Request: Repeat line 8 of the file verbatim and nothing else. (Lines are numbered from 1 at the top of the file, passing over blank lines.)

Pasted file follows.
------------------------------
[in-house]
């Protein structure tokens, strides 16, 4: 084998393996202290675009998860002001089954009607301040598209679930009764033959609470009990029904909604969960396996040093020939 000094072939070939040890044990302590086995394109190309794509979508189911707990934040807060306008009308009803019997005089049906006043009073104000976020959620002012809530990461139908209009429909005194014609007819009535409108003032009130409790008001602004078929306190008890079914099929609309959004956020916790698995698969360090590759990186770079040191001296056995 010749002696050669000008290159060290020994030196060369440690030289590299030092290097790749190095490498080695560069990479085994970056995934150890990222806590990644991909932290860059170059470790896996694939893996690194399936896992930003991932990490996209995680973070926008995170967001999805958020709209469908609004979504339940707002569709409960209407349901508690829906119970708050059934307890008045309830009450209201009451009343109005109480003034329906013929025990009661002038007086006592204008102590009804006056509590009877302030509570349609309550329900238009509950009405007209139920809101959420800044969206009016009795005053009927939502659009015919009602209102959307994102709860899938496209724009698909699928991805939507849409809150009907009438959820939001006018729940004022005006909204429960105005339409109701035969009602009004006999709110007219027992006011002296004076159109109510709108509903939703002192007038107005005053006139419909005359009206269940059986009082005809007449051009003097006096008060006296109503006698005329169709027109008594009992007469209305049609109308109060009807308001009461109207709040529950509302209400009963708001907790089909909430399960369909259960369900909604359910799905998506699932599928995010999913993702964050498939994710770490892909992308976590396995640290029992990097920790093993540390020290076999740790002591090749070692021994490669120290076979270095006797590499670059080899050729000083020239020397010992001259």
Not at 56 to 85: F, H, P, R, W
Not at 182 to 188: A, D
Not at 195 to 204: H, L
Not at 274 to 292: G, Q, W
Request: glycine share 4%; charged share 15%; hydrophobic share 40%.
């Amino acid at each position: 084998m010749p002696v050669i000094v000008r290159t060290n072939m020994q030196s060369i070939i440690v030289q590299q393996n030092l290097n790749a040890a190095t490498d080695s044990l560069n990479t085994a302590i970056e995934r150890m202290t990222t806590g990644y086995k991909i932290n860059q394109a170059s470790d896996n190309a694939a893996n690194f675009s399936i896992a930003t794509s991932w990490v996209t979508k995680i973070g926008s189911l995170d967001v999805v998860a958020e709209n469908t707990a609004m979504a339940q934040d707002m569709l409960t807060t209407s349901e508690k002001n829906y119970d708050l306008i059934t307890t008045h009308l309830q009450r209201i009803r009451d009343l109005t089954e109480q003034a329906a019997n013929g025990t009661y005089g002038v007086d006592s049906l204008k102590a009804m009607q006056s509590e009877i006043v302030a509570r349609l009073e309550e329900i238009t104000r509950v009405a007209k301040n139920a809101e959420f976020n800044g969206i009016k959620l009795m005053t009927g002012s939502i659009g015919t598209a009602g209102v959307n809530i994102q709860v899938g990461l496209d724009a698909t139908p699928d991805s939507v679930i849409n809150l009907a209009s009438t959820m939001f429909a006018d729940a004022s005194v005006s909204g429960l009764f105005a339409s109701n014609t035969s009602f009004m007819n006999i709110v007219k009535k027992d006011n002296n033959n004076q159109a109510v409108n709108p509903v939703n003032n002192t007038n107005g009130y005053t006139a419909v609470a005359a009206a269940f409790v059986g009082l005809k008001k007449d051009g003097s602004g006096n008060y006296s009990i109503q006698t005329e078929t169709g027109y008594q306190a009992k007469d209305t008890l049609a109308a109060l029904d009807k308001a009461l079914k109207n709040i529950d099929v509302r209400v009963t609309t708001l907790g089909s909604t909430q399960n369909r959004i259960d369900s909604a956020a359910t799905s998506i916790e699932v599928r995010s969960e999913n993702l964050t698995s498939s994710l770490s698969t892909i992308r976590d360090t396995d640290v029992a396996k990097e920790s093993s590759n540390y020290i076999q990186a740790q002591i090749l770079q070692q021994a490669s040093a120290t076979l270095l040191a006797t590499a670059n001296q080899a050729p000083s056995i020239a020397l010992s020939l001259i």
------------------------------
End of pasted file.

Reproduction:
């Amino acid at each position: 084998m010749p002696v050669i000094v000008r290159t060290n072939m020994q030196s060369i070939i440690v030289q590299q393996n030092l290097n790749a040890a190095t490498d080695s044990l560069n990479t085994a302590i970056e995934r150890m202290t990222t806590g990644y086995k991909i932290n860059q394109a170059s470790d896996n190309a694939a893996n690194f675009s399936i896992a930003t794509s991932w990490v996209t979508k995680i973070g926008s189911l995170d967001v999805v998860a958020e709209n469908t707990a609004m979504a339940q934040d707002m569709l409960t807060t209407s349901e508690k002001n829906y119970d708050l306008i059934t307890t008045h009308l309830q009450r209201i009803r009451d009343l109005t089954e109480q003034a329906a019997n013929g025990t009661y005089g002038v007086d006592s049906l204008k102590a009804m009607q006056s509590e009877i006043v302030a509570r349609l009073e309550e329900i238009t104000r509950v009405a007209k301040n139920a809101e959420f976020n800044g969206i009016k959620l009795m005053t009927g002012s939502i659009g015919t598209a009602g209102v959307n809530i994102q709860v899938g990461l496209d724009a698909t139908p699928d991805s939507v679930i849409n809150l009907a209009s009438t959820m939001f429909a006018d729940a004022s005194v005006s909204g429960l009764f105005a339409s109701n014609t035969s009602f009004m007819n006999i709110v007219k009535k027992d006011n002296n033959n004076q159109a109510v409108n709108p509903v939703n003032n002192t007038n107005g009130y005053t006139a419909v609470a005359a009206a269940f409790v059986g009082l005809k008001k007449d051009g003097s602004g006096n008060y006296s009990i109503q006698t005329e078929t169709g027109y008594q306190a009992k007469d209305t008890l049609a109308a109060l029904d009807k308001a009461l079914k109207n709040i529950d099929v509302r209400v009963t609309t708001l907790g089909s909604t909430q399960n369909r959004i259960d369900s909604a956020a359910t799905s998506i916790e699932v599928r995010s969960e999913n993702l964050t698995s498939s994710l770490s698969t892909i992308r976590d360090t396995d640290v029992a396996k990097e920790s093993s590759n540390y020290i076999q990186a740790q002591i090749l770079q070692q021994a490669s040093a120290t076979l270095l040191a006797t590499a670059n001296q080899a050729p000083s056995i020239a020397l010992s020939l001259i």